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Publication numberUS7691388 B2
Publication typeGrant
Application numberUS 11/388,574
Publication dateApr 6, 2010
Filing dateMar 24, 2006
Priority dateMar 24, 2006
Fee statusLapsed
Also published asCA2646980A1, EP2001311A2, US20070220806, WO2007144779A2, WO2007144779A3
Publication number11388574, 388574, US 7691388 B2, US 7691388B2, US-B2-7691388, US7691388 B2, US7691388B2
InventorsHarry Stephen Ewart, Junzeng Zhang, Colin James Barrow
Original AssigneeOcean Nutrition Canada Limited
Export CitationBiBTeX, EndNote, RefMan
External Links: USPTO, USPTO Assignment, Espacenet
Compositions comprising Porphyra and methods of making and using thereof
US 7691388 B2
Abstract
Disclosed herein are compositions comprising Porphyra, as well as methods of making and using such compositions.
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Claims(25)
1. A composition comprising:
a dried-milled preparation of Porphyra, whereby the Porphyra has not been previously extracted; and
an aqueous extract of Porphyra, wherein the composition is prepared by blending the dried-milled preparation of Porphyra with the aqueous extract of Porphyra, and wherein the aqueous extract of Porphyra is obtained by a process comprising the steps of:
a. extracting a Porphyra powder with a first organic extraction solvent comprising hexane, thereby providing a first extracted residue;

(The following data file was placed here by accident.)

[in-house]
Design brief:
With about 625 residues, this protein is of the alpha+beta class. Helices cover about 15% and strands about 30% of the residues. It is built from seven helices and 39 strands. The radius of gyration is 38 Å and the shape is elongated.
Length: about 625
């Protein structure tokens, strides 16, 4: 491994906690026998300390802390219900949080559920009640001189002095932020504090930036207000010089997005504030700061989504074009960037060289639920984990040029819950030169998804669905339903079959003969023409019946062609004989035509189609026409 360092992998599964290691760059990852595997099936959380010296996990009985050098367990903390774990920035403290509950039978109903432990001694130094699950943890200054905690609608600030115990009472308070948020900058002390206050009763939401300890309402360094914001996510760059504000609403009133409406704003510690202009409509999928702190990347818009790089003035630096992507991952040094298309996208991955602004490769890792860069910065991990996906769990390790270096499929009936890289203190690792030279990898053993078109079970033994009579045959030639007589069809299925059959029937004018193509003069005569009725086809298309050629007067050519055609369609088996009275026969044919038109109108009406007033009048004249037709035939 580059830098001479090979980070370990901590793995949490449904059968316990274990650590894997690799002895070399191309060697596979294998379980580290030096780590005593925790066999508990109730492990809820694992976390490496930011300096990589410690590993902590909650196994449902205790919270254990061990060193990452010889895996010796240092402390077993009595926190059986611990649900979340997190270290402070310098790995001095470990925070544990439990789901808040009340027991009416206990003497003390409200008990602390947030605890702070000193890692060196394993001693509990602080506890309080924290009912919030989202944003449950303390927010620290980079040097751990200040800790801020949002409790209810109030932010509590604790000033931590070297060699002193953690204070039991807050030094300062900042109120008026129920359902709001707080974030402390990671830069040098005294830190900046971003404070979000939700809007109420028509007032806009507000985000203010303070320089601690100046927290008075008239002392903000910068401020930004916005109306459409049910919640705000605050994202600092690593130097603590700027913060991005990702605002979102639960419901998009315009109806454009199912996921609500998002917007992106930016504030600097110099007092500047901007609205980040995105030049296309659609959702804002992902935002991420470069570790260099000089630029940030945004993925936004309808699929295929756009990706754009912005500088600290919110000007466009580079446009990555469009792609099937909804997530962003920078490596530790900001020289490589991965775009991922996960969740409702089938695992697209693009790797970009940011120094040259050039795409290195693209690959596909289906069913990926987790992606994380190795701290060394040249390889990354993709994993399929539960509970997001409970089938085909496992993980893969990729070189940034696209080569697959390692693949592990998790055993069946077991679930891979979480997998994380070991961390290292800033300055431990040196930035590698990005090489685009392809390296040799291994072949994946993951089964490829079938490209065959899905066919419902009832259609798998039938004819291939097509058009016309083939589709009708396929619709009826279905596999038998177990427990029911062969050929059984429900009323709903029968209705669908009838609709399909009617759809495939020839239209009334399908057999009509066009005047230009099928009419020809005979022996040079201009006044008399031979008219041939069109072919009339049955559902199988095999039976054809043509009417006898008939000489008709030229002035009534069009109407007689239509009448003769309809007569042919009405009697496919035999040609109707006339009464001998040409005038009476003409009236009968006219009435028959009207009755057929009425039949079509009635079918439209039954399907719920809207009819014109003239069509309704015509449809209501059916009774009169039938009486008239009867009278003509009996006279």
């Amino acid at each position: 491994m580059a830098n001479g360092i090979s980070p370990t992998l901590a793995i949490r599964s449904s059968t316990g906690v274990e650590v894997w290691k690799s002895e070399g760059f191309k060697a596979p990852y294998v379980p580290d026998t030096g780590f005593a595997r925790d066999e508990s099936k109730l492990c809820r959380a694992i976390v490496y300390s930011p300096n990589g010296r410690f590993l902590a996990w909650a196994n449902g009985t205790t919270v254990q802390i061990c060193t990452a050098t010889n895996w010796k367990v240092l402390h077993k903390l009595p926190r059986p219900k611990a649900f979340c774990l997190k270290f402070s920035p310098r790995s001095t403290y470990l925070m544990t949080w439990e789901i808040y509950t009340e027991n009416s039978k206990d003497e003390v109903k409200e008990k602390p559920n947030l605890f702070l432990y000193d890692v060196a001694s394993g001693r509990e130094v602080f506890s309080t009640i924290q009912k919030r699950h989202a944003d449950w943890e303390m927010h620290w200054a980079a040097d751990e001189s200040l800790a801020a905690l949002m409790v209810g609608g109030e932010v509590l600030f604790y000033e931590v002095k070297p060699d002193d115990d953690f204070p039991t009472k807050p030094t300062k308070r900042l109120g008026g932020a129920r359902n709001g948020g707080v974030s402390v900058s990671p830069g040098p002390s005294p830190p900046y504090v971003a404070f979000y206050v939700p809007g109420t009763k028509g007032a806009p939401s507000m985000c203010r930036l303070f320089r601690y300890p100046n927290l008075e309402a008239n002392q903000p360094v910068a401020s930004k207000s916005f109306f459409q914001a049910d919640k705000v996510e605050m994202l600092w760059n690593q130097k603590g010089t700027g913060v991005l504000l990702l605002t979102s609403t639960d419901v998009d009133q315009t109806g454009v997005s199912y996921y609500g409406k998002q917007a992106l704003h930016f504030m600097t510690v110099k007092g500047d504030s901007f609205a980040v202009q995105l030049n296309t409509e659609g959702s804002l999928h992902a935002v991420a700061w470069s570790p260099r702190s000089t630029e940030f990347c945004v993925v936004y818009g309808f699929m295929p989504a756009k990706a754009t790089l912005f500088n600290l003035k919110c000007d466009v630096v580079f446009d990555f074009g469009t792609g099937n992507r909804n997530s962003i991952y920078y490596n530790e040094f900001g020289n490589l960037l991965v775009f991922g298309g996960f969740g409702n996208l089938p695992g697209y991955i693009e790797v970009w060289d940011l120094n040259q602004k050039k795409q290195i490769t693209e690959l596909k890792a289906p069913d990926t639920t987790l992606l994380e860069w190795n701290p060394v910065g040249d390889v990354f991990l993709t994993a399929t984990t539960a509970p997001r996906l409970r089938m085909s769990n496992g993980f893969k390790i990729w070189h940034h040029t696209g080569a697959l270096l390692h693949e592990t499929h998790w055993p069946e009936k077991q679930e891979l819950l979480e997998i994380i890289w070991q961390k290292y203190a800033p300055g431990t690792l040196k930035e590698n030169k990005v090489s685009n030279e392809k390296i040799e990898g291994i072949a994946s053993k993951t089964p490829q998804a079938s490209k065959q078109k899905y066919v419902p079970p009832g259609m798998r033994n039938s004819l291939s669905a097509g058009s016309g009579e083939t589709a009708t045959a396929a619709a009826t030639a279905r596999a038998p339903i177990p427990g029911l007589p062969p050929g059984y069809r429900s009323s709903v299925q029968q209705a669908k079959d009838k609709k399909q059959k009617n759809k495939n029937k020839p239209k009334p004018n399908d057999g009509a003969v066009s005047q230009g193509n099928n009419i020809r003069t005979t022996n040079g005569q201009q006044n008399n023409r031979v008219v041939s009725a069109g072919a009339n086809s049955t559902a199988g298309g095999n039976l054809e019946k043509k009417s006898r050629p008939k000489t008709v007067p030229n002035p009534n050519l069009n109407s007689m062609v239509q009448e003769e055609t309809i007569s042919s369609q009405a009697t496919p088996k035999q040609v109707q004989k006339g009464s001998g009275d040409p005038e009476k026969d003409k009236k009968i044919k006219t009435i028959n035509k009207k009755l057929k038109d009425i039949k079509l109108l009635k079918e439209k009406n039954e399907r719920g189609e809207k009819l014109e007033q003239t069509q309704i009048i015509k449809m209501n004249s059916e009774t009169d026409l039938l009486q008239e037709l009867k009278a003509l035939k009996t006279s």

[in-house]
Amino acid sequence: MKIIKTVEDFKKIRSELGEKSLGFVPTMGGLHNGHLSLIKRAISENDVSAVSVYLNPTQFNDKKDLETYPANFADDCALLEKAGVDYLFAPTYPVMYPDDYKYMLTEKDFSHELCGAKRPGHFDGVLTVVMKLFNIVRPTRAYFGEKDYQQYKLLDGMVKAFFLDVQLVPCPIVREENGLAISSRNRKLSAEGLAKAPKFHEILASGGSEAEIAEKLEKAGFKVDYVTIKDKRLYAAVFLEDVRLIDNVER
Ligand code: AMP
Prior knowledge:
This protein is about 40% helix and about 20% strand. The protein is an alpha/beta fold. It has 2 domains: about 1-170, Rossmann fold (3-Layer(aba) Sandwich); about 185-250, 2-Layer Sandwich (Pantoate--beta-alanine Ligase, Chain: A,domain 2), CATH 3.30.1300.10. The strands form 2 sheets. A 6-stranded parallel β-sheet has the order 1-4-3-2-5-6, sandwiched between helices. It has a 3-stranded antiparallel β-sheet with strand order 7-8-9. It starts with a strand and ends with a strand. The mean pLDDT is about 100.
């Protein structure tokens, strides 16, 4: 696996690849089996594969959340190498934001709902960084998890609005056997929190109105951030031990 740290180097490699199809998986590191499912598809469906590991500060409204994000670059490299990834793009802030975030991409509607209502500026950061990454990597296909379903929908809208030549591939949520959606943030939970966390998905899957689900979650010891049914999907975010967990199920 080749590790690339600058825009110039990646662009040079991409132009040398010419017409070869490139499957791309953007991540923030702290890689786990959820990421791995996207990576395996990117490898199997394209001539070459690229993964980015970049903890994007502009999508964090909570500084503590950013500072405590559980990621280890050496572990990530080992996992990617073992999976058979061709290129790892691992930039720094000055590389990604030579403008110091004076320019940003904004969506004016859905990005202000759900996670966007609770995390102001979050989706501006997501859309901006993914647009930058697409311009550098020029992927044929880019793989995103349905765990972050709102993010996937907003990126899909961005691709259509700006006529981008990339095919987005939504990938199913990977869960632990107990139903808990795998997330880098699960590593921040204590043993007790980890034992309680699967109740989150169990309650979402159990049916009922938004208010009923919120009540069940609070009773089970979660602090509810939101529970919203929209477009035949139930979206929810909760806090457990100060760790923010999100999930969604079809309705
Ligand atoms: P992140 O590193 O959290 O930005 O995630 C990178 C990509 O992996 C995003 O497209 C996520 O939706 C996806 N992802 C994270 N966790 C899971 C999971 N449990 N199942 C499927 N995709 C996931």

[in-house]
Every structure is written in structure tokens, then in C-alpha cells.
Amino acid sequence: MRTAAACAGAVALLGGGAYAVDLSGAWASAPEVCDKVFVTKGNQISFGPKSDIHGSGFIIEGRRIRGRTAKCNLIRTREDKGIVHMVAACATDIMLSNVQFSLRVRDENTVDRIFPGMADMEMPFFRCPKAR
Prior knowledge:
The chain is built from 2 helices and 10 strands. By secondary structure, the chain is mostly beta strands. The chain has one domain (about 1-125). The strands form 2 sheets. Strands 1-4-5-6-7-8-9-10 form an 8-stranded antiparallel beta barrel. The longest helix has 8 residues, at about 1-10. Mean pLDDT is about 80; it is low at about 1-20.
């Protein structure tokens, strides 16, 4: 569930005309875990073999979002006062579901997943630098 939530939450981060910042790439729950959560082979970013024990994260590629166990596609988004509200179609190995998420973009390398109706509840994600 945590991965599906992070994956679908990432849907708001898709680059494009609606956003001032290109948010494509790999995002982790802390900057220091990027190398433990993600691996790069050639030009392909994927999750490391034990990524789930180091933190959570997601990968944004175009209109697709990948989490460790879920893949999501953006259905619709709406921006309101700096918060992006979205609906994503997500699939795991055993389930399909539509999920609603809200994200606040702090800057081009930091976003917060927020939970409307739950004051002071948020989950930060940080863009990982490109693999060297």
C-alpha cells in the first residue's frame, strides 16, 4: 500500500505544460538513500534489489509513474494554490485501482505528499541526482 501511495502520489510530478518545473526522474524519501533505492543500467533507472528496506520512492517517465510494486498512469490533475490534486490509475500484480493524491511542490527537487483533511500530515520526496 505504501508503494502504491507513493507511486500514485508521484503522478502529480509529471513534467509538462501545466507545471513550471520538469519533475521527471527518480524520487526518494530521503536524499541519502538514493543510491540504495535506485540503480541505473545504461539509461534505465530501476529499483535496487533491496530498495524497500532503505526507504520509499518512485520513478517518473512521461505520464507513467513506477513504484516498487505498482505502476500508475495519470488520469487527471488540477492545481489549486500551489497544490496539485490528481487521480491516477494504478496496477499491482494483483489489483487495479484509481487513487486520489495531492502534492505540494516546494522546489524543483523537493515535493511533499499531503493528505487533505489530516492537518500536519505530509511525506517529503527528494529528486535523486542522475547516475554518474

b. extracting the first extracted residue with a second organic extraction solvent, thereby providing a second extracted residue; and
c. extracting the second extracted residue at least once with water, thereby providing the aqueous extract of Porphyra.
2. The composition of claim 1, wherein the second organic extraction solvent comprises ethanol.
3. The composition of claim 1, wherein the second extracted residue is extracted with water at room temperature, thereby providing a third extracted residue, and wherein the third extracted residue is extracted with water at a temperature of from about 60 to about 95° C., thereby providing the aqueous extract of Porphyra.
4. The composition of claim 1, wherein the composition comprises about 1:1 parts by weight of the dried-milled preparation of Porphyra to the dried aqueous extract of Porphyra.
5. The composition of claim 1, wherein the dried-milled preparation of Porphyra comprises P. yezoensis, P. sp. Taiwanese, or a mixture thereof.
6. The composition of claim 1, wherein the Porphyra comprises P. abbotae, P. acanthophora, P. atropurpurae, P. columbina, P. crispata, P. fallax, P. leucostica, P. perforata, P. pseudolanceolata, P. spirilis, P. suborticulata, P. torta, P. umbilicalis, P. vietnamensis, P. tenera, P. haitanensis, P. pseudolinearis, P. kuniedae, P. arasaki, P. purpurea, P. seriata, or mixtures thereof.
7. The composition of claim 1, wherein the moisture content is less than about 6%, the residue on ignition (Ash) is less than about 40%, the total dietary fiber is greater than about 25%, or the total lipids are greater than about 0.5%, based on the total weight of the composition.
8. The composition of claim 1, wherein the composition comprises from about 7.0 to about 11.0 mg/g of phycoerythrin, from about 3.0 to about 6.0 mg/g of phycocyanin, from about 0.1 to about 0.5 mg/g of chlorophyll a, from about 0.001 to about 0.100 mg/g of lutein, or from about 0.010 to about 0.050 mg/g of beta-carotene.
9. The composition of claim 1, wherein the composition has antioxidant activity of from about 40 to about 60 μmole TE/g.
10. The composition of claim 1, wherein the total protein content of the composition is from about 25 to about 50%, the total essential amino acid content is from about 7.0 to about 10%, or the total conditionally essential or non-essential amino acid content is from about 10 to about 30%, based on the total weight of the composition.